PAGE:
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Fuji X-Pro1
Aspects of Digital Photography focusing on the Fuji X-Pro1, X-T1, X-E1/E2 and X100s - photographer, reviews, samples and more ... | http://www.tomen.de
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Fuji X-A1 review | TechRadar

Fuji X-A1 review | TechRadar | Fuji X-Pro1 | Scoop.it

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We liked

Fuji has translated its rugged retro build to a smaller camera aimed at those on a budget or who don't want to carry a bulky camera. Thanks to the provision of a Mode dial the controls are also simpler for less experienced photographers, but the enthusiasts' favourite options of shutter priority, aperture priority and manual are still available quickly.


We disliked

As with the X-M1, the X-A1 has no viewfinder and there's no optional one available so images can only be composed on the screen, which isn't entirely without issue in bright ambient light. We'd also like to see a rubberized pas on the thumb-rest to give it a little more grip.


Final verdict

Most photographers will tell you that image quality is their biggest consideration when selecting a camera, but the build and functionality of the camera are also key factors along with the price. Many manufacturers reduce the functionality and build quality of their more entry-level cameras in order to keep cost down, but Fuji is in the unusual position of being able to achieve the same thing while keeping these two elements the same. The X-A1 scores well for build and functionality and price, which makes the slight (and some might say theoretical) dip in image quality in comparison with the Fuji X-M1 much more palatable.....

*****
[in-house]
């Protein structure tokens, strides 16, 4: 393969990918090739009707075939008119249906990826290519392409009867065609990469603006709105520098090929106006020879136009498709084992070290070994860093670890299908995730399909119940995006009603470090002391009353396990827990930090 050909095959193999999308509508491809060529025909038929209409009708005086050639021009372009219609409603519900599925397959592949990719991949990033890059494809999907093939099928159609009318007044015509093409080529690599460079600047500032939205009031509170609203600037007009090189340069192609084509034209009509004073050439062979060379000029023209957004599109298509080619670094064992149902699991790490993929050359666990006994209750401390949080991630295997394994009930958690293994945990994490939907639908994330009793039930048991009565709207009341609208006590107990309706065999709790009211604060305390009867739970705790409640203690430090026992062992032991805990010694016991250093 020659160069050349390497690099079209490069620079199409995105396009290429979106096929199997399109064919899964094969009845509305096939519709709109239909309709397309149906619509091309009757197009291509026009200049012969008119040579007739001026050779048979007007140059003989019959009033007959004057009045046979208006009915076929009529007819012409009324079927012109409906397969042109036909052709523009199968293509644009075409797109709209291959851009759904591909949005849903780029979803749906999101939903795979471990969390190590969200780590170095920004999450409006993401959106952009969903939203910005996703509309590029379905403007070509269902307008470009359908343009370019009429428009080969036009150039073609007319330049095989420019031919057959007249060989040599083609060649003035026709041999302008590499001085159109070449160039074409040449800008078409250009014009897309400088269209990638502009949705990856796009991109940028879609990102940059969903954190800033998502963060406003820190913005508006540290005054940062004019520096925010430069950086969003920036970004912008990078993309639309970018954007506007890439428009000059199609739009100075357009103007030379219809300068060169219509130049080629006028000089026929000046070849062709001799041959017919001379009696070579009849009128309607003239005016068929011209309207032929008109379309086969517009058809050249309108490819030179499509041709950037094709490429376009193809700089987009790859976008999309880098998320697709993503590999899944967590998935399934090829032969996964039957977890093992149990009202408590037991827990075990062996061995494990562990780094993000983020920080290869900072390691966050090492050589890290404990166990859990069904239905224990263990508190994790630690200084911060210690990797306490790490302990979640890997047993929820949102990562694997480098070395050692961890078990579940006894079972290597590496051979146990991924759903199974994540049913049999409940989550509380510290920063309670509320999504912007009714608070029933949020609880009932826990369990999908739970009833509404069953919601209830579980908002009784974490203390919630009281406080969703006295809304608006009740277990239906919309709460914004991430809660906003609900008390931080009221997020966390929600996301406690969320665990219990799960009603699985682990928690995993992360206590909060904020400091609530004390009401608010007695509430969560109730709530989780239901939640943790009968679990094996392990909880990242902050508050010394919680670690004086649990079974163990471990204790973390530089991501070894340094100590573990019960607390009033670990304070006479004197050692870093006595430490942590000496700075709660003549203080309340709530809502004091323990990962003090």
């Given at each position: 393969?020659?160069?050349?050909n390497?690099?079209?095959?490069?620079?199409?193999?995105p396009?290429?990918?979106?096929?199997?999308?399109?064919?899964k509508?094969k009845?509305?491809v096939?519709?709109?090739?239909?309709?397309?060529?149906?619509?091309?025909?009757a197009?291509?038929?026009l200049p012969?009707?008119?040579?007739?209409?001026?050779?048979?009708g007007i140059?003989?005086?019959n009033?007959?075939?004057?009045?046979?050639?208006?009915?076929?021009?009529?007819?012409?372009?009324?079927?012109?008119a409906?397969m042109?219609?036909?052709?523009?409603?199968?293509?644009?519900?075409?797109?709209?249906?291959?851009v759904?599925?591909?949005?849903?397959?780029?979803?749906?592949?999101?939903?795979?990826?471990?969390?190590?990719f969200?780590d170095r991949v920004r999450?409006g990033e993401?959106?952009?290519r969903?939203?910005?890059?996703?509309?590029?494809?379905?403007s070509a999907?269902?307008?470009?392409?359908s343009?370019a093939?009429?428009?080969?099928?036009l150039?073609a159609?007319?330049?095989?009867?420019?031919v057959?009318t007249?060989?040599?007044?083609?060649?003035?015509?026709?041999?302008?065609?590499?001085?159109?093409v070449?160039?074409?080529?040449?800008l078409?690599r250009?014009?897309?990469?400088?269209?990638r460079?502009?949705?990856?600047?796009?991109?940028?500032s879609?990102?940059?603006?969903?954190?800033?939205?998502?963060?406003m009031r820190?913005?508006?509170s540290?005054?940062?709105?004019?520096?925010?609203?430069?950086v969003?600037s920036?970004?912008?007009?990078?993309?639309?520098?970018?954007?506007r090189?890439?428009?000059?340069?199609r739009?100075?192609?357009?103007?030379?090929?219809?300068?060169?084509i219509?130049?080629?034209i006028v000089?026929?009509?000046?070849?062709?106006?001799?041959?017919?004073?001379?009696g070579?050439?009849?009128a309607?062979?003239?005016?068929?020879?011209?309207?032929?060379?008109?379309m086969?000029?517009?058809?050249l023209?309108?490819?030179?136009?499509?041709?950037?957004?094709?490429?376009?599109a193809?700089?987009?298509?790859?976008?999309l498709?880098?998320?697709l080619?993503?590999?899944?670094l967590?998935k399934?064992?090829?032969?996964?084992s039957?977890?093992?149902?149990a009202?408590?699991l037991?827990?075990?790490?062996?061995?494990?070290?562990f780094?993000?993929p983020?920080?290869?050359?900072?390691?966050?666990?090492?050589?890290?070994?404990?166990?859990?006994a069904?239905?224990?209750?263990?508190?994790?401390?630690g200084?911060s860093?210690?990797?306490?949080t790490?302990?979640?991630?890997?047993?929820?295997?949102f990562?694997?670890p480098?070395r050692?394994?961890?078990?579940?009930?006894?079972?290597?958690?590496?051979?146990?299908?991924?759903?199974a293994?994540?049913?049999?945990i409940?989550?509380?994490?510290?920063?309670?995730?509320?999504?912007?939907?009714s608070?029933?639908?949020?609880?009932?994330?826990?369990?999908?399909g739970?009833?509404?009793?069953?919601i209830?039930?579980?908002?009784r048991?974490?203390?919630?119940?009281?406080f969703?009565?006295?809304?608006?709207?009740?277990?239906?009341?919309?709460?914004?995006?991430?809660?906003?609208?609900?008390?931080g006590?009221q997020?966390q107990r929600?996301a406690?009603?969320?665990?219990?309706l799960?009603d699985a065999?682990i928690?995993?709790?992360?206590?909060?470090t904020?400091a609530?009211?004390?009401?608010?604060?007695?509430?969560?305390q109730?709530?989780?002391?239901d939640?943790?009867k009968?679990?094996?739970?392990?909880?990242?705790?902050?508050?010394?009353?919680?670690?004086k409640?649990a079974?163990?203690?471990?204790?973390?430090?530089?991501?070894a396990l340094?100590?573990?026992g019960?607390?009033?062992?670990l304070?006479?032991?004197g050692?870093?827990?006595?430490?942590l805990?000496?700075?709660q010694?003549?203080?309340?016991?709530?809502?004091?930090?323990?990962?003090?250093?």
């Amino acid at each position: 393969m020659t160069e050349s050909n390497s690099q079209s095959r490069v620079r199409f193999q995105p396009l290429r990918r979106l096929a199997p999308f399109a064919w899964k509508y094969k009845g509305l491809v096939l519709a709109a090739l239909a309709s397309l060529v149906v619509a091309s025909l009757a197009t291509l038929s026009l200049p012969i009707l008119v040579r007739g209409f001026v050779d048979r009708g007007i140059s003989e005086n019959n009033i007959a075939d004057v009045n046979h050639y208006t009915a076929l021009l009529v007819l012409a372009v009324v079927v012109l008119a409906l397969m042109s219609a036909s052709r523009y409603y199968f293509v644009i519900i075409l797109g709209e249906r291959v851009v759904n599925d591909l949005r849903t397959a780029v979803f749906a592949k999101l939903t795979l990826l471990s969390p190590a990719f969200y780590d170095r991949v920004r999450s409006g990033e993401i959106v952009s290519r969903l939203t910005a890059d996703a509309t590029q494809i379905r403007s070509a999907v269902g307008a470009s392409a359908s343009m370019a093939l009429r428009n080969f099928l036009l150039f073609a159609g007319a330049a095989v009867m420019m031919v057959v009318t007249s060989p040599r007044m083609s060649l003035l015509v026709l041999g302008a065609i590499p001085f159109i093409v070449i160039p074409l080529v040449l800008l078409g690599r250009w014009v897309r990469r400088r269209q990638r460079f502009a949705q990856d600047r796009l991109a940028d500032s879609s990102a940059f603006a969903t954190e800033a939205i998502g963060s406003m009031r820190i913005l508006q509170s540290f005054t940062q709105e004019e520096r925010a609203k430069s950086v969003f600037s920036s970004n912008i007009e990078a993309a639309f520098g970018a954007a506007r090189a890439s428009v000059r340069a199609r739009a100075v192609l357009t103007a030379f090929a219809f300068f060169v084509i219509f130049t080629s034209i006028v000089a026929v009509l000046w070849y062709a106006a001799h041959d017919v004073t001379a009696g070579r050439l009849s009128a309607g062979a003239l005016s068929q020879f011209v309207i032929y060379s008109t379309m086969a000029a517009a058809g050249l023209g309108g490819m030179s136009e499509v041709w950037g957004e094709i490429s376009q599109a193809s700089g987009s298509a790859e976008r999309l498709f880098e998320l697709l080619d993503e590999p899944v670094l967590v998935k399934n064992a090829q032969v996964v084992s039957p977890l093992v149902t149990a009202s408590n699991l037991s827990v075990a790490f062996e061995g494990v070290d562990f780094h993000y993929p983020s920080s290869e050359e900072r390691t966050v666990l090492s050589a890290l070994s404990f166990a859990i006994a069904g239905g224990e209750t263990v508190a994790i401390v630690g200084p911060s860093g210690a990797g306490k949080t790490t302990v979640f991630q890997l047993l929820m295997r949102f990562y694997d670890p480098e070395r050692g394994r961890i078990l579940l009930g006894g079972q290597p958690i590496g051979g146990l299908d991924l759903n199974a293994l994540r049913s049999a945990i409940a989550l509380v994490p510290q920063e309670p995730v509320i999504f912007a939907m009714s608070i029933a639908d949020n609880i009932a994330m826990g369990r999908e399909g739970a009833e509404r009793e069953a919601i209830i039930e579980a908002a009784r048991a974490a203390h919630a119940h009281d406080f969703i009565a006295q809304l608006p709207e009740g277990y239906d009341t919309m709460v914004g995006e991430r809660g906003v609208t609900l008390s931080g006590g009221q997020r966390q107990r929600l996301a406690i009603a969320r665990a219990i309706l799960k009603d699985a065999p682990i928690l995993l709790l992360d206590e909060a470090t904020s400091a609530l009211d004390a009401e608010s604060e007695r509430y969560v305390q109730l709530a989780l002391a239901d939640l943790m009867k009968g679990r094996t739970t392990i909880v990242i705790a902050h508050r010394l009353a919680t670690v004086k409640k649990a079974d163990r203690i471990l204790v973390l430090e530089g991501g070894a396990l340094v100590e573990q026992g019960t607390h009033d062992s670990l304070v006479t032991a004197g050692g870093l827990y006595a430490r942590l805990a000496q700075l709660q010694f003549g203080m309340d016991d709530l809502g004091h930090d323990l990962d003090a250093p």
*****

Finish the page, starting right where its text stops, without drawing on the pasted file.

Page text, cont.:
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Fujifilm X-A1 - At The Beach | Leigh Diprose

Fujifilm X-A1 - At The Beach |  Leigh Diprose | Fuji X-Pro1 | Scoop.it


When I was given the opportunity to take a Fujifilm X-A1 with the new Fujinon XC 16-50mm lens for some test shooting I didn’t hesitate. From my previous experience using X-Series cameras I knew the image quality was going to be good, but like all new cameras I had to find out exactly what I was in for. So where better to take a camera in Australia for some serious image testing? The beach of course! Tripod in hand I strolled in the rain to the vacant beach. The wind blew an icy breath and unexpectedly threw a shiver up my spine causing a whimsical body shake, fortunately no one was around to witness my embarrassing event. I found a position where the water sat calmly on the shore, reflecting threatening clouds in small sandy pools. With a firm hand I setup my tripod as if it was a flag marking territory on the moon and with a few clicks and turns the camera found it’s home on top of the stable structure.....

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Fujinon XC 16-50mm f/3.5-5.6 OIS - Review / Test Report | PhotoZone

Fujinon XC 16-50mm f/3.5-5.6 OIS - Review / Test Report | PhotoZone | Fuji X-Pro1 | Scoop.it

Verdict